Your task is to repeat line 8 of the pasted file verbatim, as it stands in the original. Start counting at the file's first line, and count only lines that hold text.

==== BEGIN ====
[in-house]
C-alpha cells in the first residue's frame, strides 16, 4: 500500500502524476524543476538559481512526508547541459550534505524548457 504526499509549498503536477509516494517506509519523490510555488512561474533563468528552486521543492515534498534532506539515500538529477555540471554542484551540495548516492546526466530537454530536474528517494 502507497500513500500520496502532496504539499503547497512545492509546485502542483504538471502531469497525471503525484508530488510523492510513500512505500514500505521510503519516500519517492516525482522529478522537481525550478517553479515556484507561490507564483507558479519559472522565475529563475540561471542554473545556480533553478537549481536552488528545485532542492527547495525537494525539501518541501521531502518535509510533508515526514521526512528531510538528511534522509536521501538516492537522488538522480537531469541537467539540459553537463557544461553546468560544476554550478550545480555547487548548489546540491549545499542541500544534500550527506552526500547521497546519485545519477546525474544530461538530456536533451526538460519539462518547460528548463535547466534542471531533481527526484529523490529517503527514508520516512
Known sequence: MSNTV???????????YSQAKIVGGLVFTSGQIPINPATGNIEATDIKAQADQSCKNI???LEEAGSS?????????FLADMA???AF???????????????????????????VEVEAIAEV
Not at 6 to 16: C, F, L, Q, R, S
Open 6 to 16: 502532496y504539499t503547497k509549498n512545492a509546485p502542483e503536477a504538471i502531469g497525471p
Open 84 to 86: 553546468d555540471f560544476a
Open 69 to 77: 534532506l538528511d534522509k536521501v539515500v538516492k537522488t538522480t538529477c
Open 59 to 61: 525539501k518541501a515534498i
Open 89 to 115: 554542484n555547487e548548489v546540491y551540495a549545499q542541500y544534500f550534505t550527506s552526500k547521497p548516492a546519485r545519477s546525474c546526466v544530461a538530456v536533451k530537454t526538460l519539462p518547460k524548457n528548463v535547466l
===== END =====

Open 59 to 61: 525539501k518541501a515534498i